The ABC cancels Tom Ballard

Once again, comedian Tom Ballard has proved himself too hot for the ABC to handle.

Ballard featured at the opening night gala of the Melbourne International Comedy Festival with a blistering set aimed at one of his favourite targets: the Liberal Party and its voters. In an approach that will surprise nobody, he turned his diatribe up to 11.

“I’m not saying Liberal voters are bad people. I’m saying they’re not people. They’re cold-blooded lizards ruining the country who should go back to the hellmouth from where they came,” he said.

Ballard also referenced COVID-19, which “killed a lot of people in nursing homes – but I checked and they were all Liberal voters”. Not sure if Comedy Festival board member John Ridley, a former Victorian director of the Liberal Party and adviser to Andrew Peacock, saw the funny side.

Ballard climaxed with: “I hope you die, I hope you choke on your own franking credits, you evil greedy fascist soulless pig dogs.”

Tom Ballard.Illustration: John ShakespeareCredit:

All of which presented a huge headache for the ABC, which this Wednesday will broadcast the opening night gala with a second episode the following week. But after some agony and consultation of its voluminous editorial standards, Aunty has cancelled Ballard.

“The ABC checks all content prior to broadcast to ensure it meets editorial standards. In this case, it was determined that the risk of causing offence to viewers was not editorially justified,” a spokesman said.

What a pickle for Aunty. Broadcast Ballard and ABC managing director David Anderson faces a rabid Senator Eric Abetz yammering away at Senate estimates for the next five years. Or cut the comedian and woke Guardianistas will be firing up on Twitter about ABC censorship for, oh, the next 36 hours.

Readers might remember Ballard’s Tonightly program was axed three years ago after a skit labelling an Australian Conservatives candidate a c–t enraged the Liberal government. Ballard signed off with a tearful please for the national broadcaster to keep making “risky” content. Dare to dream, Tom!

Hanson on Hamilton

Pauline Hanson is keeping shtum on the details of a weekend jaunt to the Whitsundays last spring paid for by her parliamentary expense account.

Federal travel disclosures released last week revealed the Queensland senator spent – sorry, the Australian taxpayer spent – almost $1500 on flights jetting to Hamilton Island from Brisbane on Friday, October 2. She then flew out of the Oatley family-owned hotspot three days later to Canberra (via Brisbane). That two-stop trip cost just over $1020. The same expense report shows Hanson accrued parking fees of $151 between October 1 and October 8.

Hanson’s representatives did not respond to repeated questions about the purpose of the trip. Odds are there could have been a bit of business and pleasure on the island where golf carts are the primary form of transport and the six-star luxury Qualia Resort is considered to be one of the country’s finest. It’s worth noting the Queensland state election took place on October 31, about 25 days after Hanson left the island. One Nation fielded business development executive Deb Lawson for the seat of Whitsunday. Lawson also ran for the party a year earlier in the federal election representing the seat of Dawson.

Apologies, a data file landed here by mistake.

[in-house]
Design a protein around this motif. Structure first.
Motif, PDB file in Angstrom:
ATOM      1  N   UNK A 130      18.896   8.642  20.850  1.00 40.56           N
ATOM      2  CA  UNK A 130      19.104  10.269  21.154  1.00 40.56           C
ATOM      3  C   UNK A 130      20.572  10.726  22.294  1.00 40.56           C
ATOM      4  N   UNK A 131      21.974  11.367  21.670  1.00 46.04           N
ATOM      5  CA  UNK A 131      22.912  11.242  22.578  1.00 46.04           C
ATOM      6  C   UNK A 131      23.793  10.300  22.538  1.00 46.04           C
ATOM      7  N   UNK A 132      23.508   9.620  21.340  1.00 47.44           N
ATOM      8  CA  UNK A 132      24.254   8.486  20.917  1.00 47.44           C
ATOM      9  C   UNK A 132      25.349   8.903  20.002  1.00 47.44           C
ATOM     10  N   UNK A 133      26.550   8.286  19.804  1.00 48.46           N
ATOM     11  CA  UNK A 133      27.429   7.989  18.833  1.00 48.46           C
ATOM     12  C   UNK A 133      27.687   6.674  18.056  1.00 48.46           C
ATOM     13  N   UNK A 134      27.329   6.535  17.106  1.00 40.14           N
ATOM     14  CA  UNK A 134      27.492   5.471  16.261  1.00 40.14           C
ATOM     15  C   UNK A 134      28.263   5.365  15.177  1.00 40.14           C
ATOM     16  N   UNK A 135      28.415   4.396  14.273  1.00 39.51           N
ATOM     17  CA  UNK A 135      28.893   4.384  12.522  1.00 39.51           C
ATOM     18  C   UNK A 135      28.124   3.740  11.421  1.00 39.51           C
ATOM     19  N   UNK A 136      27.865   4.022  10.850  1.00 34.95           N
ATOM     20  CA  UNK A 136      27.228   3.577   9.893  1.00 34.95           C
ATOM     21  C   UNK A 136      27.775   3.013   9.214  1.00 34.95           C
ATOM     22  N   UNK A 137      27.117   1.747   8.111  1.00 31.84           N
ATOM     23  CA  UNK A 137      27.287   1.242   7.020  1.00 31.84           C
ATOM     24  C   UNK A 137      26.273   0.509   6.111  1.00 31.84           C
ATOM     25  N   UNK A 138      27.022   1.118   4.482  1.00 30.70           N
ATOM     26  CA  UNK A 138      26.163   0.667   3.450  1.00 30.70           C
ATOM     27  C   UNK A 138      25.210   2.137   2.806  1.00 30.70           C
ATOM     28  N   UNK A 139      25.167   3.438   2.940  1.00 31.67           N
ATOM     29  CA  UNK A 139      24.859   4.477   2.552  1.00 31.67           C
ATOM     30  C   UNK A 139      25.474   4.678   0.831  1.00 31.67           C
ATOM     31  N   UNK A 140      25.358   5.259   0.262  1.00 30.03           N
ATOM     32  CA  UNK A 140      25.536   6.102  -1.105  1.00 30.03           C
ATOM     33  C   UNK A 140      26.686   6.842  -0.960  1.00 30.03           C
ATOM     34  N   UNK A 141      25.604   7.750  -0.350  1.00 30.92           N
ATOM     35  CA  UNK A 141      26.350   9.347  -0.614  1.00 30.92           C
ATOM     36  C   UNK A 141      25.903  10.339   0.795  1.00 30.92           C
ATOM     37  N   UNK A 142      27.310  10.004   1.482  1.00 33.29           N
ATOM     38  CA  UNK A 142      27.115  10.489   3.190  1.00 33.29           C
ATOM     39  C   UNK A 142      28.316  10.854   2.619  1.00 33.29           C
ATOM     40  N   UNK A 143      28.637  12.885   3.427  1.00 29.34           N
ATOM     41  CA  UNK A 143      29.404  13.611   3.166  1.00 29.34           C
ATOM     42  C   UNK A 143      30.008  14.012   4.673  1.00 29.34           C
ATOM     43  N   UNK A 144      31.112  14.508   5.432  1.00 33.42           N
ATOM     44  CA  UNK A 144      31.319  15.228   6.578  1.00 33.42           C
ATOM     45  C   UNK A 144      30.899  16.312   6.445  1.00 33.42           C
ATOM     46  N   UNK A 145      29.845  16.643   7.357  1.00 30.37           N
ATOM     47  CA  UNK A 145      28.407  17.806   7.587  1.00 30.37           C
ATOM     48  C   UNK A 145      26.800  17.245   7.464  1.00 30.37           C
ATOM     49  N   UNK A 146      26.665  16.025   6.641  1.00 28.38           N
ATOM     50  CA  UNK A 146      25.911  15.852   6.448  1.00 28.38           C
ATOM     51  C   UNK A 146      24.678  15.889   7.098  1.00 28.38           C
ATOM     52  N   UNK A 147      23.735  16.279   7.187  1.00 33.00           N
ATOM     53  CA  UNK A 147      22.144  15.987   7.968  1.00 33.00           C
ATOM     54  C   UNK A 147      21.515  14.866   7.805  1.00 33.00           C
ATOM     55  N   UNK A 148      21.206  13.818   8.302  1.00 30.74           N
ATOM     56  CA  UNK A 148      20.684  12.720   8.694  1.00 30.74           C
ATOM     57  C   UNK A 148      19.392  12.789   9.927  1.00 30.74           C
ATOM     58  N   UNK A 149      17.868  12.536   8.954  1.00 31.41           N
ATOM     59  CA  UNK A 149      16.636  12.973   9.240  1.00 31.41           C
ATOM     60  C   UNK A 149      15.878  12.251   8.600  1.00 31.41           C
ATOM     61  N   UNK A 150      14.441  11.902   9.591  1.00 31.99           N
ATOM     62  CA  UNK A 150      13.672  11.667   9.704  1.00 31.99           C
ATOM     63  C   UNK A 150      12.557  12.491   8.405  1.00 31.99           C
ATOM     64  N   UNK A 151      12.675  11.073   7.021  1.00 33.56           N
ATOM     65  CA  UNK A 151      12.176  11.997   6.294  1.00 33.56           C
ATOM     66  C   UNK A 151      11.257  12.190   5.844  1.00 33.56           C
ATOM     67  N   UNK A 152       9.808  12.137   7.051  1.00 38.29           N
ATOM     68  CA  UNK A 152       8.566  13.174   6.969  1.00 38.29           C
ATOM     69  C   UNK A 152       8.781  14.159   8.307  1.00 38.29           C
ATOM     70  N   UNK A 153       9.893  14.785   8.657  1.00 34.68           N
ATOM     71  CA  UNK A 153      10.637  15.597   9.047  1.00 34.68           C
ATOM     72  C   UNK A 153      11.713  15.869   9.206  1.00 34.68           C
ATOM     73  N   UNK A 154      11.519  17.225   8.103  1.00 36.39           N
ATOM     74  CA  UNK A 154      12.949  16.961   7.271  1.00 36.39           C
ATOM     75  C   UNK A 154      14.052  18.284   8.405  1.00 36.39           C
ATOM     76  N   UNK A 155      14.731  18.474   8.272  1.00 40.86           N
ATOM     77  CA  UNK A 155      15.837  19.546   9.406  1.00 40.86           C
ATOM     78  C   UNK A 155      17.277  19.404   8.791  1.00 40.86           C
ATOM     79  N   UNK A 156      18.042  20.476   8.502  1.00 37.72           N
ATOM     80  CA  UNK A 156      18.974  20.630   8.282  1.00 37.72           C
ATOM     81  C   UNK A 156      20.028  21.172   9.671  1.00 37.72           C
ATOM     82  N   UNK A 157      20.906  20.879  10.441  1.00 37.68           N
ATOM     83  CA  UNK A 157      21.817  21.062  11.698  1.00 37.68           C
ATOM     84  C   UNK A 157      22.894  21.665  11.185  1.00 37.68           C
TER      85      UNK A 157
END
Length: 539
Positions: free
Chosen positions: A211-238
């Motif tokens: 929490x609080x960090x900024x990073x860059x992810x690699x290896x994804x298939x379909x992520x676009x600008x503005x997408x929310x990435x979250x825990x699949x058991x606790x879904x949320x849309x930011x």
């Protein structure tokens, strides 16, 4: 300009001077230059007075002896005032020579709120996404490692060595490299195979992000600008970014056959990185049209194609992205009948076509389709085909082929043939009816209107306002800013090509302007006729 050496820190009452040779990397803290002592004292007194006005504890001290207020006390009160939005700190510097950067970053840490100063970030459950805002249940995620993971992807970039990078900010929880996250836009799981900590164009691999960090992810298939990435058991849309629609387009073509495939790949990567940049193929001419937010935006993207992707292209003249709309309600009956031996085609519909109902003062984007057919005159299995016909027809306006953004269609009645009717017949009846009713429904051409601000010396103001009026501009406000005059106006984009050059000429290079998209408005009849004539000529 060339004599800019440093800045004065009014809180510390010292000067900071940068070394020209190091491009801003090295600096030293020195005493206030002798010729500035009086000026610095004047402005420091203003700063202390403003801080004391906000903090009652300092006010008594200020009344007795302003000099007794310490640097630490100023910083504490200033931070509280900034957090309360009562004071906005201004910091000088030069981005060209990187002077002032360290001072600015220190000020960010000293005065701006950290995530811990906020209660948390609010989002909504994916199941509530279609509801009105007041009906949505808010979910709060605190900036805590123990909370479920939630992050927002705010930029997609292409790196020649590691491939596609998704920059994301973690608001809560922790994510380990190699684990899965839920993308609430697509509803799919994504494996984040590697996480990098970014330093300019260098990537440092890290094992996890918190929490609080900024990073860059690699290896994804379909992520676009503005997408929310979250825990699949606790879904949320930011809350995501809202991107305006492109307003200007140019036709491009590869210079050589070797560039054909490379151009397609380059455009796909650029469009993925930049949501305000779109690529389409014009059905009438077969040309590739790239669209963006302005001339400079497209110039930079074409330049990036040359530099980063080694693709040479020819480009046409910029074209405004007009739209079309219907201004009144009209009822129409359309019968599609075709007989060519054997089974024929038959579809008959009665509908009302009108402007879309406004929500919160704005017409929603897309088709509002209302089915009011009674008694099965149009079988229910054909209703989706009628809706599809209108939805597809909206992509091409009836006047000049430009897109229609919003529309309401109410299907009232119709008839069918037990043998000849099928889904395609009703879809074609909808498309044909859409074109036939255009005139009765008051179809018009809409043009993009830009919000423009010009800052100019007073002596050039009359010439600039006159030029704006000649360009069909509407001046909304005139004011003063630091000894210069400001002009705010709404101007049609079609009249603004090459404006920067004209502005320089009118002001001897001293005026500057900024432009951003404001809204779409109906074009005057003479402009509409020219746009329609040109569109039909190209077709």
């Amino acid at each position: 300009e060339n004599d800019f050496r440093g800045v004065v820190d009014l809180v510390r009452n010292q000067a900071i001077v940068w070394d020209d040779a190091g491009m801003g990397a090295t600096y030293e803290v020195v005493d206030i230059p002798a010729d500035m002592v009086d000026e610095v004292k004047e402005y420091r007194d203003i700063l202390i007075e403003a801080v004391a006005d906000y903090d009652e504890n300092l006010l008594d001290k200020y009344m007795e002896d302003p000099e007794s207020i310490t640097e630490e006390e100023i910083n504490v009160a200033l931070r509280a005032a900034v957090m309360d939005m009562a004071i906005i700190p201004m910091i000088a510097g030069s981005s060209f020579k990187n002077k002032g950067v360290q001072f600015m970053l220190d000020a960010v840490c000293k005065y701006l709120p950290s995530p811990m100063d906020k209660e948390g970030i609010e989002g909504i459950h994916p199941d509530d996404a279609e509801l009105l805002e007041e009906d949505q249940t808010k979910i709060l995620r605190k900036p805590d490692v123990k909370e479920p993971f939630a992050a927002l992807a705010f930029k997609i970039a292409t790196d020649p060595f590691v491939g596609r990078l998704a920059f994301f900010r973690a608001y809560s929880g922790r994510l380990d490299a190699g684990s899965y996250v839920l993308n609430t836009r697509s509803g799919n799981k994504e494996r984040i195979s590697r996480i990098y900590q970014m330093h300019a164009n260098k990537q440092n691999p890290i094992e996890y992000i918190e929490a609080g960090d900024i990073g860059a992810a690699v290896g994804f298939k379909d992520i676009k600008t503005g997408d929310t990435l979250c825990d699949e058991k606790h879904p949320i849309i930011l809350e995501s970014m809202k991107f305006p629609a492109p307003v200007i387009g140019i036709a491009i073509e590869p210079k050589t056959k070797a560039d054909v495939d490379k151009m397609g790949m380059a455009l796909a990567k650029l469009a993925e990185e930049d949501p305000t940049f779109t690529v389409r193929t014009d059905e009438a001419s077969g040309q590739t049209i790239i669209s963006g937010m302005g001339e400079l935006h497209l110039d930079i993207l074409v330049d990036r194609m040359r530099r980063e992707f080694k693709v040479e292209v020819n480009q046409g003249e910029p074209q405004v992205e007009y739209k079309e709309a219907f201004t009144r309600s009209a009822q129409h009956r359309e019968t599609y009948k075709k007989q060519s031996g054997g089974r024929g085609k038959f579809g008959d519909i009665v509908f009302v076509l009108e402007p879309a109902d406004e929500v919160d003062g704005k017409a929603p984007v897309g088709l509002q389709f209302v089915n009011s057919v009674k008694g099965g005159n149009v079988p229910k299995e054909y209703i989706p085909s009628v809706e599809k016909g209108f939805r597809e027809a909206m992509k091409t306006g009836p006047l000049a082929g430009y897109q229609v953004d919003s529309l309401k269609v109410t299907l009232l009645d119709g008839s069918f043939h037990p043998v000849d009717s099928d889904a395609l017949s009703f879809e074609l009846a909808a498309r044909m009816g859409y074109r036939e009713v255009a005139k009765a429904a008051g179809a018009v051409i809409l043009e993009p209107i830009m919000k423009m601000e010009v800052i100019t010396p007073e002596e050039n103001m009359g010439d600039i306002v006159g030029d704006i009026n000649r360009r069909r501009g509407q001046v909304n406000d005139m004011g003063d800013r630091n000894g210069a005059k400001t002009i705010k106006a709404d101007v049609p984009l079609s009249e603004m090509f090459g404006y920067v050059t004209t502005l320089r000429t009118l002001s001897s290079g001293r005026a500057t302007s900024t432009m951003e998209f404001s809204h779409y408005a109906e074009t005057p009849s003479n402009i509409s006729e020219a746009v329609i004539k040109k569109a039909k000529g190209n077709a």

Whether Hanson helped her state chances is another question. Liberal National Amanda Camm secured the seat against the ALP’s Angie Kelly in a nail-biting race which came down to preferences. Camm secured 32.88 per cent of the primary vote while Kelly secured 32.51 per cent. Lawson came in fourth place with 9.4 per cent of the primary vote behind North Queensland First’s Jason Costigan.

Perhaps Hanson should have stayed longer.

Hot job

One of the best jobs in the state is once again up for grabs.

Michael Kapel’s time as the state’s trade and export tsar has ended and recruiters are searching for a replacement, which suggests that his successor will not be a case of history repeating.

Officially, Kapel’s title was commissioner to the Americas for the government of Victoria (Australia) and his San Francisco-based post oversaw a network of 23 trade and investment offices located in New York, Washington, DC, Chicago and San Francisco which “facilitate investment for the state and maximise opportunities for exporters”.

Nice work if you can get it, which everyone thought after Kapel won the job in 2012 when he was chief of staff to premier Ted Baillieu, who was immediately attacked.

“So it turns out Ted Baillieu does have a plan for jobs – unfortunately it’s only one job and it’s for one of his best mates,” opposition frontbencher Martin Pakula said.

But that zinger didn’t survive Labor’s ascent to government and Pakula changed his tune, reappointing Kapel twice, while a spokesman told CBD Kapel “delivered strong results for Victoria in an important role”.

SHK Asia Pacific is now recruiting for a replacement, while Nathan Elia in its Boston office and Natalia Gorrono in Santiago hold the fort until the post is filled.

With Nick Miller

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